This article appears in the February 06 issue of PC Advisor, available in all good newsagents
At the tail end of 2002, Microsoft's first foray into console gaming was over before it began. How the vultures circled when Microsoft announced that its Xbox games console had caused a revenue loss to the tune of £112m. The cynical pundits declared - high on the whiff of their own hyperbole - that the Xbox was dead in the water. It was no more. It was an Ex-box.
But don't we just love the perennially classic tale, about the persecuted waif struggling to overcome insurmountable odds. Hang on - this is Microsoft we're talking about.
The harbingers of doom, who prematurely sounded the death knell of the Xbox, underestimated a company that doesn't know what the outside of the Fortunes 100 list looks like. Microsoft has been inured to the slings and arrows of outrageous fortune, because its overall aim was always to create a healthy revenue steam from online services for the Xbox, over a 20-year period.
Hello Xmas 2005, hello Xbox 360. The original Xbox release was an enigma shrouded in mystery - Microsoft cosseted its pet project with utmost secrecy. It wasn't until the general public saw Halo - its killer app to be - that they spake unto themselves: “Ah. That's what it can do. Cool.”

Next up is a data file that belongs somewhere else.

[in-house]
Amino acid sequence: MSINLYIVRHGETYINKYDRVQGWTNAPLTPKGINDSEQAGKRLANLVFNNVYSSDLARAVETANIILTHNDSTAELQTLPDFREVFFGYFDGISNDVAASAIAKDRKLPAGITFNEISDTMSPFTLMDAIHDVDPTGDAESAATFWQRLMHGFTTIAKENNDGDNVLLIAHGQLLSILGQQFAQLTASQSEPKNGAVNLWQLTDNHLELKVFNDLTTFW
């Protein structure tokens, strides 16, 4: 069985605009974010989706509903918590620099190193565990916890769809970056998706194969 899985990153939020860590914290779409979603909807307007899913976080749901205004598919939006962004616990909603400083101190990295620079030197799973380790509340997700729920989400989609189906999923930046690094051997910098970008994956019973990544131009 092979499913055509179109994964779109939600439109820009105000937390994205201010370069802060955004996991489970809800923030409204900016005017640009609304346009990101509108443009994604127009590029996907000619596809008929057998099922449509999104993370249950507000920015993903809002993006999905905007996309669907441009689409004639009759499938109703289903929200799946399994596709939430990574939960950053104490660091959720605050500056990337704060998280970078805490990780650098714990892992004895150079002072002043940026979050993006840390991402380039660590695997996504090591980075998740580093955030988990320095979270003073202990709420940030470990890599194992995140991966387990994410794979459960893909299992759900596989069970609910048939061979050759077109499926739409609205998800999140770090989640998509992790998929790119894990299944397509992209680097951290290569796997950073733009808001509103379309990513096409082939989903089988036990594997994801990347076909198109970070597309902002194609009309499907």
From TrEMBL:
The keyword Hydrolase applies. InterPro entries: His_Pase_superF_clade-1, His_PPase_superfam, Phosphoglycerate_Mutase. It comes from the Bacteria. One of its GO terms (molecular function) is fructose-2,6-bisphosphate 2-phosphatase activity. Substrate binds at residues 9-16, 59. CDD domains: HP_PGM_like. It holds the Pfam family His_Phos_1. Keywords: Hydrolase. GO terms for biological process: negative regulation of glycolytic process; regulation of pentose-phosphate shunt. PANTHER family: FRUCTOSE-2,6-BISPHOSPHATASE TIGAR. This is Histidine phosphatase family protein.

The Xbox 360, on the other hand, has been an open book from the word go - the early release date a sure sign of Microsoft's intent: to be in the unique position of having a monopoly on the market with its next generation console until Sony rejoins the fray, sometime in 2006.
The specifications of Sony's PlayStation 3 are more powerful than the Xbox 360, but it will take more than raw grunt to win the hearts of gamers. Just ask our deputy editor, Will Head, who immediately snaffled our review sample and snuck it back to his palatial house for “real-world testing” while your humble reviews editor was left with nothing more than fond memories.